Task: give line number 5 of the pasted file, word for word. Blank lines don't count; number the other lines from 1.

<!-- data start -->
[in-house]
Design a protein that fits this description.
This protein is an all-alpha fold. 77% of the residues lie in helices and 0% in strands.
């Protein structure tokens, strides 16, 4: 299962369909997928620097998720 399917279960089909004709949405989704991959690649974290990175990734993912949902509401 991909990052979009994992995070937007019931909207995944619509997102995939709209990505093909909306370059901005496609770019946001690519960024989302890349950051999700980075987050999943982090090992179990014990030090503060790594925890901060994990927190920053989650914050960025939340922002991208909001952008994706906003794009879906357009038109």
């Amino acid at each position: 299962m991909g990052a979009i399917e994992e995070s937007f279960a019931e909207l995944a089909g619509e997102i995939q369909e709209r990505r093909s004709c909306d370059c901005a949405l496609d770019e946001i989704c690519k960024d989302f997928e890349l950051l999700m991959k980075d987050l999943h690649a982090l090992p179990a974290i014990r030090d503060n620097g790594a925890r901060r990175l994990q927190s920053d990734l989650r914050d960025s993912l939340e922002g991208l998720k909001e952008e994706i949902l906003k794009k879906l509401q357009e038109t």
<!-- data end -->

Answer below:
């Amino acid at each position: 299962m991909g990052a979009i399917e994992e995070s937007f279960a019931e909207l995944a089909g619509e997102i995939q369909e709209r990505r093909s004709c909306d370059c901005a949405l496609d770019e946001i989704c690519k960024d989302f997928e890349l950051l999700m991959k980075d987050l999943h690649a982090l090992p179990a974290i014990r030090d503060n620097g790594a925890r901060r990175l994990q927190s920053d990734l989650r914050d960025s993912l939340e922002g991208l998720k909001e952008e994706i949902l906003k794009k879906l509401q357009e038109t």